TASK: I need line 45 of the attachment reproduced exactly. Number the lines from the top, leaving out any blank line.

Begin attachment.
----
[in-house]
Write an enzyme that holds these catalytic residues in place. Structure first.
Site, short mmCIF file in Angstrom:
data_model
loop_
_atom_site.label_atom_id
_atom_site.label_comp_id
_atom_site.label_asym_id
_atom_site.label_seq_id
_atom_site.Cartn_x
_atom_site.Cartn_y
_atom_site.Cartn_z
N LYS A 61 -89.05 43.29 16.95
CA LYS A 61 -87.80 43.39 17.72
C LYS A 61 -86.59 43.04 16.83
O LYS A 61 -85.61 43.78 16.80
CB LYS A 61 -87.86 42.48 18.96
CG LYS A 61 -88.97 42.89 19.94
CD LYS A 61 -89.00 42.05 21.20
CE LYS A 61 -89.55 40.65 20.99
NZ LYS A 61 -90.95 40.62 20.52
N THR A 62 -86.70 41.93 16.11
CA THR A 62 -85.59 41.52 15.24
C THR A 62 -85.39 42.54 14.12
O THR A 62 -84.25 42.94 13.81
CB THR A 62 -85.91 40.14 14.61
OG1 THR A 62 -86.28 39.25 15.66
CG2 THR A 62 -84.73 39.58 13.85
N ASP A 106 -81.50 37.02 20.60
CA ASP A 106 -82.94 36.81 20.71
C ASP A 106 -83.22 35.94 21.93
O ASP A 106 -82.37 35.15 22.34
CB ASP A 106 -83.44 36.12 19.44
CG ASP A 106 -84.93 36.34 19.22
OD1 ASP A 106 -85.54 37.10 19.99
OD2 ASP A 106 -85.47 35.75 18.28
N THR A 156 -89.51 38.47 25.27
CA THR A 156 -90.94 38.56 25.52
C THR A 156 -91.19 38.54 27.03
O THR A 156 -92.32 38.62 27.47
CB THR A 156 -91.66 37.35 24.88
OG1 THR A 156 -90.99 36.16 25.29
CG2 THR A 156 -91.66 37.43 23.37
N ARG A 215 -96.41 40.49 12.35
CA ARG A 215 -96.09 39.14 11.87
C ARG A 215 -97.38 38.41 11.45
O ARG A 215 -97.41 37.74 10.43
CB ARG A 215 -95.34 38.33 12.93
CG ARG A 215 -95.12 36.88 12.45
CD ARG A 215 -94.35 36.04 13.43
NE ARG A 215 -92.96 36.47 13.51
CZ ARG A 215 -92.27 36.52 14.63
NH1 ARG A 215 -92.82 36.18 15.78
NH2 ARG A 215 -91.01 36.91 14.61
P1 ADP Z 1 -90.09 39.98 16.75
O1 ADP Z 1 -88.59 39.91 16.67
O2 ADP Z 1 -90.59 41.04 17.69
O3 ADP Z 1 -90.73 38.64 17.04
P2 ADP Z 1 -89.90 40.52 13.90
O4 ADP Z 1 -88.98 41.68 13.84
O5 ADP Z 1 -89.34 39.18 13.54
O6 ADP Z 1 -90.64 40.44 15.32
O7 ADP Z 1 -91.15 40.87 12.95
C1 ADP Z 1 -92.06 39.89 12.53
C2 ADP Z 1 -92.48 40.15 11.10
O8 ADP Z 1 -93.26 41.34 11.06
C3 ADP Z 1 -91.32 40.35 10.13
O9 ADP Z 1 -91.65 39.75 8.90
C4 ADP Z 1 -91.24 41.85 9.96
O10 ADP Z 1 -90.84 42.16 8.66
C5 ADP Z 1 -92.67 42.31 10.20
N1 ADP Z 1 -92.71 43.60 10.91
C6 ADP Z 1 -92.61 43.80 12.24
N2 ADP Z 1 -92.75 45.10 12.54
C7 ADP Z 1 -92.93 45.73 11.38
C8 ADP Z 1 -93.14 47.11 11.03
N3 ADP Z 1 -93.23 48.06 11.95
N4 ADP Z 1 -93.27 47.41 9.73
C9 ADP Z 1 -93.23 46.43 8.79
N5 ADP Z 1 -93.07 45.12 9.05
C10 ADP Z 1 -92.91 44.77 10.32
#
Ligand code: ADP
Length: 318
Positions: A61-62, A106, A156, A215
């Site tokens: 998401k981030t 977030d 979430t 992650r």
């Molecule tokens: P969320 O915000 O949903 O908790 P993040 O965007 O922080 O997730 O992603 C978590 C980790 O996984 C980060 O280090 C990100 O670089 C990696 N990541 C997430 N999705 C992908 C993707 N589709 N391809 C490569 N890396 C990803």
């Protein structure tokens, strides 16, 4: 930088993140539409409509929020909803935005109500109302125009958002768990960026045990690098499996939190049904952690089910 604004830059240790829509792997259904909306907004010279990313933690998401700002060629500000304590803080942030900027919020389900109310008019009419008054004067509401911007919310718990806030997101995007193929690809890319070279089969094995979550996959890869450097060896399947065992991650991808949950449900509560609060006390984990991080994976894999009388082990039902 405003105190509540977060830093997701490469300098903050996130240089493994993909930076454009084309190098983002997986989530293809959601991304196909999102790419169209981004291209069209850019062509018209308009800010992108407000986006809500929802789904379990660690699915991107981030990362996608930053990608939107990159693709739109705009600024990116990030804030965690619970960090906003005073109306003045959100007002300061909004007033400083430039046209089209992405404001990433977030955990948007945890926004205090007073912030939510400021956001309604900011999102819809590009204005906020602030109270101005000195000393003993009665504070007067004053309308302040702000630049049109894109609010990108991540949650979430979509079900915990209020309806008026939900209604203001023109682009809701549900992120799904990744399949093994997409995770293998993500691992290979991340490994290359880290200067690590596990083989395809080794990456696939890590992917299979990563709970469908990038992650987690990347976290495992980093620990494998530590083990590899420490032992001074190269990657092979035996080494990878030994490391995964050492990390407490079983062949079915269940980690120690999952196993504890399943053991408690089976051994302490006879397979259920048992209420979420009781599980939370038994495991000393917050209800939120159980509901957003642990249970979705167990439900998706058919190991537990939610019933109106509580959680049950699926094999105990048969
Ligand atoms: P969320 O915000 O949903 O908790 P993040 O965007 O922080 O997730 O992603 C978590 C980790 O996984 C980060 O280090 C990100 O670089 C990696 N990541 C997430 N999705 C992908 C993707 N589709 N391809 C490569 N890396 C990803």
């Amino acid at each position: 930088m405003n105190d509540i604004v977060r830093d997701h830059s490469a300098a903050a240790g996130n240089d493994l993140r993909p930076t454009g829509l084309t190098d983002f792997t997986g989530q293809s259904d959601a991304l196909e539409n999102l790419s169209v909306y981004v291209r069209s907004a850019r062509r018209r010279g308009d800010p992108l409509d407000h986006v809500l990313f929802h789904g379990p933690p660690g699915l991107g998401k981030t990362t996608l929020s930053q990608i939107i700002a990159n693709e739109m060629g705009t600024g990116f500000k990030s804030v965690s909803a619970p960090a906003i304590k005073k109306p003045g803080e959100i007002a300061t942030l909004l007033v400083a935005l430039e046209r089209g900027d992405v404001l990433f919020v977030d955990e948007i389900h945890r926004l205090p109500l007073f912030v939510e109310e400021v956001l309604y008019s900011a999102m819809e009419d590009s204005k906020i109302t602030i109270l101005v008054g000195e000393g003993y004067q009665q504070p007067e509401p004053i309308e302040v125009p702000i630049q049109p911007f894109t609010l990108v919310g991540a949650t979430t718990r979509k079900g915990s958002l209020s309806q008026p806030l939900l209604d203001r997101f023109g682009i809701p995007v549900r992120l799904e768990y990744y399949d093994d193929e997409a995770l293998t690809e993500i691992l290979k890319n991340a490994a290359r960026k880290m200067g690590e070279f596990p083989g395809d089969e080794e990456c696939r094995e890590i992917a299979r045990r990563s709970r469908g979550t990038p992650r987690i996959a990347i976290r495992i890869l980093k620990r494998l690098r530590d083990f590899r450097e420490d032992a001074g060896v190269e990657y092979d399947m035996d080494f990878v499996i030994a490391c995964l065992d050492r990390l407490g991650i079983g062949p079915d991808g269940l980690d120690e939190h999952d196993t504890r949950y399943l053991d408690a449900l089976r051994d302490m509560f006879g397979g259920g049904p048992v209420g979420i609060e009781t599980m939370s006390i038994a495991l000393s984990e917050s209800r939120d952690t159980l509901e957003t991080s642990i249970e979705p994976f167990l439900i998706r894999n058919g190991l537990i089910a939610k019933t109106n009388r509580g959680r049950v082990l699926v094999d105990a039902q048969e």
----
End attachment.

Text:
CA ARG A 215 -96.09 39.14 11.87